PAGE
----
The Hunger Games by Suzanne Collins: Book Review

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Cover of The Hunger Games by Suzanne Collins

4 Stars

What’s left of North America has been divided up into 12 districts. Katniss lives in district 12, the poorest district. She’s learned to buck the system and hunt to keep her family alive. But one day something happens that leaves her thinking only of her own survival.

I was surprised by how much I liked this. Several of my friends have loved it, but this sounds pretty dystopic and I’ve realized that’s not my thing. But I decided to go ahead and give it a try after it was chosen for one of my groups’ monthly reads, and I’m so glad I did. The dystopia thing is there, but I was so busy rooting for Katniss to survive that I didn’t really even notice it too much. I was also worried that it would be horribly violent, but it wasn’t too bad. I’m probably about middle-of-the-road in terms of my tolerance of that kind of thing.

I really liked Katniss. She’s a born survivor–rough, tough, surly, fierce, and fiercely protective. She’s also pretty clueless about any kind of relationship and a big softy underneath that hard-as-nails exterior.

At times, I did feel like the author was manipulating the story just to get herself out of corners that she had painted herself into. But once I thought about it, that manipulation was absolutely in keeping with the situation in which Katniss found herself.

I was so caught up in this book that I hated the ending. I knew going in that this was the first in a series, but it still felt like a huge cliffhanger. It was really probably the only place she could end this installment, but I’m chomping at the bit for the next one. Luckily, I don’t think I have too long to wait.

Reviewed August 11, 2009

Banned: According to Marshall University, The Hunger Games series has been “banned or challenged for being anti-ethnic, anti-family, insensitivity, offensive language, occult/satanic influence, and violence.” Um, did we all get the same version of the book? Where did most of these come from? Anti-family? Is there a better sister anywhere than Katniss? The rest of it–wow. Just wow. Who reads these and comes up with this? It is violent, but it isn’t as violent as it could be. I firmly believe, with many others, that this novel is a warning about where our obsession with “Reality TV” could lead us. Suzanne Collins is making a point. I’m seriously just sitting here shaking my head.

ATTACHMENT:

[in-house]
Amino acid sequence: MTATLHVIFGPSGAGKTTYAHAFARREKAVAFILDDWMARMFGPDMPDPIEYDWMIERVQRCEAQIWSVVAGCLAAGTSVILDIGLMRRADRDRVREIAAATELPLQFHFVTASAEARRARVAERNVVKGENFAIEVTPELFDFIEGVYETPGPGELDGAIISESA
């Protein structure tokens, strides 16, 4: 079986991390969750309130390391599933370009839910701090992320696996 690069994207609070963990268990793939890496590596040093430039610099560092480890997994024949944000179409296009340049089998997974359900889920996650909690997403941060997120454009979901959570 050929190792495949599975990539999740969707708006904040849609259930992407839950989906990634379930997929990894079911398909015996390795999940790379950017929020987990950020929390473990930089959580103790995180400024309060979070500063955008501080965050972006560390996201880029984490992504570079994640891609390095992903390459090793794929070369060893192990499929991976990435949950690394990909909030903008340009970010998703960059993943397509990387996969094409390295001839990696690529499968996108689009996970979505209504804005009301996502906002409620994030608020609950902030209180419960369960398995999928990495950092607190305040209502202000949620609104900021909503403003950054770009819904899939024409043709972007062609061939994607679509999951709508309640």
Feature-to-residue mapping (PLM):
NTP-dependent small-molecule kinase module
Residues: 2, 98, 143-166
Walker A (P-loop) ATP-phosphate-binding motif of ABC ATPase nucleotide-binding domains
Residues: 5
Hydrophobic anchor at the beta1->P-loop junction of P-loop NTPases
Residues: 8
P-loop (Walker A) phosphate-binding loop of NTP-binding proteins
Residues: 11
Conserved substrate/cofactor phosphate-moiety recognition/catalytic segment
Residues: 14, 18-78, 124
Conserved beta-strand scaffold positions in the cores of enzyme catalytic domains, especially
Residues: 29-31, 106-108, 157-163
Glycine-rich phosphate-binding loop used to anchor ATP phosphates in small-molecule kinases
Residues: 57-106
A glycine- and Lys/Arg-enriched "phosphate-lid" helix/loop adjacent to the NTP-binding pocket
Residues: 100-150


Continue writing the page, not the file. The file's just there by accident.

Friday Flashback Reviews, a feature at The Introverted Reader

Friday Flashback Reviews are a weekly feature here on The Introverted Reader. These are old reviews I wrote on GoodReads. Thanks to Angieville and her Retro Friday Reviews for the inspiration and encouragement!

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  1. I can see where some might find this book too violent for their child to read (I do think most teens could handle it) but the other reasons really make no sense with this book. I wonder if those who wanted to ban the book even read it.

    I loved The Hunger Games and agree that Suzanne Collins is trying to make a point about standing up for yourselves, reality TV, and becoming desensitized to violence among other things. I need to reread this book again!

  2. Loved this book and so glad you posted about it for banned books week! I have a ton of posts that went up this week about books and many giveaways. LOVE banned book week.

  3. I don't enjoy dystopian other but understood the hype. The manipulation part you would get more from the movie, go see it.

    You did enjoy it more than me but I still appreciated it.

    And anti ethnic and anti family, what total BS, I'm shocked by that.

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